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Seek Depth

My advice is: No matter what style you choose—whether you decide to follow Tufte and become a hardcore minimalist or adopt a friendlier approach—always take advantage of the space you have available to seek depth within reasonable limits. After that, and only after that, worry about how to make the presentation prettier.

Take a look at the series of maps titled Dangerous Germany in Figure 4.3. They were produced by a company called Golden Section Graphics for SZ Wissen Magazine. Sure, those maps present information, encoding tons of data by means of colors and shapes, but they also allow readers to compare what goes on in the places they live with other areas. In this case, the designer doesn’t force the data to adopt a particular shape just to make a point. The designer works as a facilitator, someone who designs a visual device that readers can use to navigate the figures, freely interpret them, and make their own points.

Figure 4.3

Figure 4.3. Dangerous Germany, by Golden Section Graphics.

This is more clearly seen in interactive graphics, where the exploration component of visualization becomes crucial. The New York Times’s coverage of the 2010 midterm elections (Figure 4.4) lets readers dig through several layers of data. The project is not only a synthesis of the most important figures, but also an analytical tool that can be applied to the results. In this case, the designer is no longer just a designer. He has begun to think and act as a software engineer, someone who designs interactive tools rather than simple displays of data.

Figure 4.4

Figure 4.4. An example of how to organize an infographic that allows the deep exploration of data. The New York Times online. (http://elections.nytimes.com/2010/results/senate).

The reason I emphasize seeking depth, whenever possible, is that too many journalists express distrust for their readers’ interest in relevant issues. I have been unfortunate to hear sentences like these too many times in my career:

  • “Our readers want just snippets, not long stories.”
  • “Our readers just want to be told what to think about issues; they don’t want to put effort in figuring things out.”
  • “Our readers will only understand stories written at the level of a 12-year-old.”
  • “Our readers don’t read complex graphics.”

There’s a grain of truth in all of those statements, but it’s a small one. Like all partial truths, they are context-dependent. If readers refuse and avoid complexity, why do publications such as The New York Times, The Guardian, El País, The Economist, The New Yorker, Bloomberg BusinessWeek, and their equivalents worldwide still survive and, in some cases, even thrive? Because, first, readers are smarter than you think, and second, because not all readers are equal.

Graphics Don’t “Simplify” Information

A common misconception related to this discussion is that information graphics and visualizations are means to simplify. This idea, popular among news managers, PR professionals, and marketing gurus, leads to infographics of disproportionate size that are informatively poor and weak, with no sophistication and depth. Figure 4.5 is an example of what happens when you surrender to this philosophy. I made it up, but I assure you it is possible to see similar graphics every day in newspapers, business reports, and ads: It’s something that could be reduced to one-third or even one-fourth of its current size without sacrificing anything relevant.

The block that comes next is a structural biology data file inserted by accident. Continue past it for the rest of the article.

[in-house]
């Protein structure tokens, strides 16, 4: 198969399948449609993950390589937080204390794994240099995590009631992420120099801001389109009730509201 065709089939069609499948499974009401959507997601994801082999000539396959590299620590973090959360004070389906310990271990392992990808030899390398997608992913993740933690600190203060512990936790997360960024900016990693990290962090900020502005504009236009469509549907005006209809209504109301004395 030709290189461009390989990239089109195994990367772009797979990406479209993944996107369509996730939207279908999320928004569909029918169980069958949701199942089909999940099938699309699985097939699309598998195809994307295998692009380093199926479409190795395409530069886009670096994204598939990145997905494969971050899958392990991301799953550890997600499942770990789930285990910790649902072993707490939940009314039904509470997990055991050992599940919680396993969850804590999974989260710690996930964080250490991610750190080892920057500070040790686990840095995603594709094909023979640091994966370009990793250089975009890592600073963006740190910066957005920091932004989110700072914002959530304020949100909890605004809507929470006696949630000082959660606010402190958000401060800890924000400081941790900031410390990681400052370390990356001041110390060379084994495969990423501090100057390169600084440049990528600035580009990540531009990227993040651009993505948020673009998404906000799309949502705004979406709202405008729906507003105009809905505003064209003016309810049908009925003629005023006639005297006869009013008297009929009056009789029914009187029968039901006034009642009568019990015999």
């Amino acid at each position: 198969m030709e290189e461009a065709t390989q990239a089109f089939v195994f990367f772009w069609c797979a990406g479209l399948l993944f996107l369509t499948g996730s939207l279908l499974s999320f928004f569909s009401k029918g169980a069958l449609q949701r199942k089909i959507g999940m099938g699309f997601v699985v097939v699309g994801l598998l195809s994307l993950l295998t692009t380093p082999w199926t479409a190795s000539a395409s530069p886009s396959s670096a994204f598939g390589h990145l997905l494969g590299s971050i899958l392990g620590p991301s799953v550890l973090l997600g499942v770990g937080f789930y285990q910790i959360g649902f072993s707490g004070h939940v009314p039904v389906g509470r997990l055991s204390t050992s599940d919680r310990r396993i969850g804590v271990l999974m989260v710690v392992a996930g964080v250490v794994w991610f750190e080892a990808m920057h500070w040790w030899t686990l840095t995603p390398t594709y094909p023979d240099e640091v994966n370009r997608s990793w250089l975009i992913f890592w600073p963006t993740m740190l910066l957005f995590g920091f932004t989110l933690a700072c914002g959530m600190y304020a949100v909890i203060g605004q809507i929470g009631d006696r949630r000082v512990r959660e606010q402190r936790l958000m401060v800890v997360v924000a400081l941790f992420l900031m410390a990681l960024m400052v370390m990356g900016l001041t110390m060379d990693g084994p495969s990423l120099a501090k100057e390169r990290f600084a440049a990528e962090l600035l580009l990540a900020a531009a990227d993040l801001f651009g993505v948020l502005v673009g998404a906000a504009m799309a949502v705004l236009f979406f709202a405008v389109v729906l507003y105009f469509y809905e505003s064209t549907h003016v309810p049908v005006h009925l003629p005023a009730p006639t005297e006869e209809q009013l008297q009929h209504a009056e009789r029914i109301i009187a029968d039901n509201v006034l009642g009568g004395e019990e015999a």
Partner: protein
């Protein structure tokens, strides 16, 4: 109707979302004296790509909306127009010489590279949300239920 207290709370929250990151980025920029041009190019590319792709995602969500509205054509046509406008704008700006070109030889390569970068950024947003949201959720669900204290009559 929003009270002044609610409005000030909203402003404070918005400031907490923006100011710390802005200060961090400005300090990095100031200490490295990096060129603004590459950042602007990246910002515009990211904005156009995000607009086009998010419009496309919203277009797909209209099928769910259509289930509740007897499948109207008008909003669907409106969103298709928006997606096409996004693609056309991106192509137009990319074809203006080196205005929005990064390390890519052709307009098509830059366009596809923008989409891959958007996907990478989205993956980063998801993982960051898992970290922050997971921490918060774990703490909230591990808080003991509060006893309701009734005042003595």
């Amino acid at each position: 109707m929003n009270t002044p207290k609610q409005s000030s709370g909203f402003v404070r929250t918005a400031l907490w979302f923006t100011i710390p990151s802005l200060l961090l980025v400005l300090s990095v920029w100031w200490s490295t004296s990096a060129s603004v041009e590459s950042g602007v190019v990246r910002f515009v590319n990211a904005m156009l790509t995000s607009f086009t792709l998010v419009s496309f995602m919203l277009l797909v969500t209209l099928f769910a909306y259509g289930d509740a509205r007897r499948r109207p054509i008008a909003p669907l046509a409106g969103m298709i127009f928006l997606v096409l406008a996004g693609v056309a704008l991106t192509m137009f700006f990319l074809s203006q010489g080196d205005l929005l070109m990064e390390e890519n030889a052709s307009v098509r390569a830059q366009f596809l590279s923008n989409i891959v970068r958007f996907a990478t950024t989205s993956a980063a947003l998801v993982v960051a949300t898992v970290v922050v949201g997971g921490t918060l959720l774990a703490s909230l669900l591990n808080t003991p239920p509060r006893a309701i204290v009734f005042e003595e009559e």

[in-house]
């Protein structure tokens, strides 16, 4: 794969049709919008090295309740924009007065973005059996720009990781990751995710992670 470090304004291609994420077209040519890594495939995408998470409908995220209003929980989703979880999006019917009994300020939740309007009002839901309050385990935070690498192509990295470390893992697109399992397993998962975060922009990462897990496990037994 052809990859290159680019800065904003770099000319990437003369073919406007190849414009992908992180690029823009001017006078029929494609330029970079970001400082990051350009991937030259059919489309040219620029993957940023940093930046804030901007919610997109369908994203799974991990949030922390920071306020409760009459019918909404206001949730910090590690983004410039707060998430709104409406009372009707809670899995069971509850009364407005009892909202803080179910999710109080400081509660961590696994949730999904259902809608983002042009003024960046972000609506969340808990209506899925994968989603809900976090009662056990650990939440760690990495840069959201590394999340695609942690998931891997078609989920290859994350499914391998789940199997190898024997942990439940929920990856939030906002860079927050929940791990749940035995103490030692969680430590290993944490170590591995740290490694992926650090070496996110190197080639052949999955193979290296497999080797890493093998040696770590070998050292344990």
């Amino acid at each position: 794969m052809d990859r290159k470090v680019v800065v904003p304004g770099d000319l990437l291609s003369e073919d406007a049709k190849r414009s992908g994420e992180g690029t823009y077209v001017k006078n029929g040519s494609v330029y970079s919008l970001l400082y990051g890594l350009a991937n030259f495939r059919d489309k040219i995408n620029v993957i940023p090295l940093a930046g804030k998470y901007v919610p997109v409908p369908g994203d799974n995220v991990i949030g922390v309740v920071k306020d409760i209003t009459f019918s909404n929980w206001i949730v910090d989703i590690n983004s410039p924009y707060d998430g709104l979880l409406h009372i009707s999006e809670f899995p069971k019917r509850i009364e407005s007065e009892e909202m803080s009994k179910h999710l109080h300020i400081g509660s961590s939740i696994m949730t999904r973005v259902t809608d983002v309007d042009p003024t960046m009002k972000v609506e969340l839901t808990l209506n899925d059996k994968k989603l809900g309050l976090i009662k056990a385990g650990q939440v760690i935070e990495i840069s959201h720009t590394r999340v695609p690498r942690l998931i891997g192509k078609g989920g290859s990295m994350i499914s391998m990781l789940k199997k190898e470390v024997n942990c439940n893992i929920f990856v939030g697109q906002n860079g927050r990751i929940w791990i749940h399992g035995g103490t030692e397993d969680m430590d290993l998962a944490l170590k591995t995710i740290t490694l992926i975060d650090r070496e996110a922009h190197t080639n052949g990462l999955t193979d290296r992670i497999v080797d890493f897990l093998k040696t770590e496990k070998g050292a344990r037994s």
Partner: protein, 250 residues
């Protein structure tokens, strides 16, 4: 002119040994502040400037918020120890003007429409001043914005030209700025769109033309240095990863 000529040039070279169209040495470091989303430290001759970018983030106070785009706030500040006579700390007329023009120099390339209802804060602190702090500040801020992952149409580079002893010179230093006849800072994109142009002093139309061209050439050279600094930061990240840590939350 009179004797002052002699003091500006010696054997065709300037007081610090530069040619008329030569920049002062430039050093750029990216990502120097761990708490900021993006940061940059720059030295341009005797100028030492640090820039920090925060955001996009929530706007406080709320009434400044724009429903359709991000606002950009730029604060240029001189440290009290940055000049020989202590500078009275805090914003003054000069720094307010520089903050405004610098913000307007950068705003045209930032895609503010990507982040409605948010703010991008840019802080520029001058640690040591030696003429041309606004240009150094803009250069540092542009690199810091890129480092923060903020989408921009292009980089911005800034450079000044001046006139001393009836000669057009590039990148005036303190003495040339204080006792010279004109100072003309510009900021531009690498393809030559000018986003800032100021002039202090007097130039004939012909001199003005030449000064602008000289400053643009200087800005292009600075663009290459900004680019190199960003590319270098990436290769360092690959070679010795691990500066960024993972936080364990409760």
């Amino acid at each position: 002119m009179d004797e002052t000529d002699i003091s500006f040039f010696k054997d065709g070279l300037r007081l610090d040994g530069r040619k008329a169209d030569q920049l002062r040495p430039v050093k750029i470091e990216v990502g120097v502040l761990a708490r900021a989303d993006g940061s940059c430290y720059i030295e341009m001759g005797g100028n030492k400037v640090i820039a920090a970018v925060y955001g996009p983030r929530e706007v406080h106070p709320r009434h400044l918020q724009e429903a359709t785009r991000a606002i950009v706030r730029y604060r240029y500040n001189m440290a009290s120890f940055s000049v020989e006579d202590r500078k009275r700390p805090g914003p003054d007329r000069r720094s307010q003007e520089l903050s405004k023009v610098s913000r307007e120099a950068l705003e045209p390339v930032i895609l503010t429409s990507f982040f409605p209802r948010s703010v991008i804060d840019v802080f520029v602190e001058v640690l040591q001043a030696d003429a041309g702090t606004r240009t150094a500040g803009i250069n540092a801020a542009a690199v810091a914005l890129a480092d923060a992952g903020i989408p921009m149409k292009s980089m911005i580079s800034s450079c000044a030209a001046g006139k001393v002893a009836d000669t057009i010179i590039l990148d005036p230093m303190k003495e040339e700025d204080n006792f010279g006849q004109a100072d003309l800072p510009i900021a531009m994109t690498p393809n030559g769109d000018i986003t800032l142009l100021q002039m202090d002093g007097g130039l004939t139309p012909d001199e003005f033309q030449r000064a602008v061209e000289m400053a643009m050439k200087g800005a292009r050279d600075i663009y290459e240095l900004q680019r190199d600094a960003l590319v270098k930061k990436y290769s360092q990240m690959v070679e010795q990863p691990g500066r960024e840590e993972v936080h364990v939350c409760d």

Figure 4.5

Figure 4.5. Three-dimensional effects are popular in business presentations, but they are hardly appropriate when the goal is to communicate, as they distort proportions.

When I discuss graphics of this kind with media executives, the reaction I usually get is: “But its impact is undeniable. It’ll grab the reader’s attention. And it’s beautiful!” Sure it will, but, after that, it delivers a message better told with a single line of text. Infographics like this are the equivalent of writing a huge, catchy headline followed by a single paragraph of trivial copy. The headline should not be an end on its own. It’s a means to get readers interested in the relevant content that follows it.

In other words, graphics should not simplify messages. They should clarify them, highlight trends, uncover patterns, and reveal realities not visible before. My objection to graphics that put impact before depth is not that they are visually interesting and fun—they may well be. But having spent so much space and resources on being impactful, they end up being shallow. They don’t allow inquiry or reflection on what they show. As much as I feel thrilled by eye-grabbing visualizations and concede that superficial beauty may be a laudable goal, I must insist that it’s a secondary one, compared to that of building a visual structure that the human mind can understand, which is a major theme in the second part of this book.

Focusing too much on making things pretty can also lead to poor decisions, Stephen Few points out:

  • Making a data visualization beautiful in a way that compromises the integrity of the data always works against you. Even when the information is not compromised, however, beauty can work against you by drawing attention to the design of the visualization rather than the information that it seeks to communicate. Think back over your life and ask: “Were the people who influenced and taught me the most all physically beautiful? If they were wrapped in a different physical package, would that have affected their ability to influence me or my ability to listen to them? Did I ignore information that wasn’t delivered by stunningly attractive people?” Beauty is not the goal of visualization and it is usually not required to achieve the goal (...) Remember that the goal is to enlighten.1
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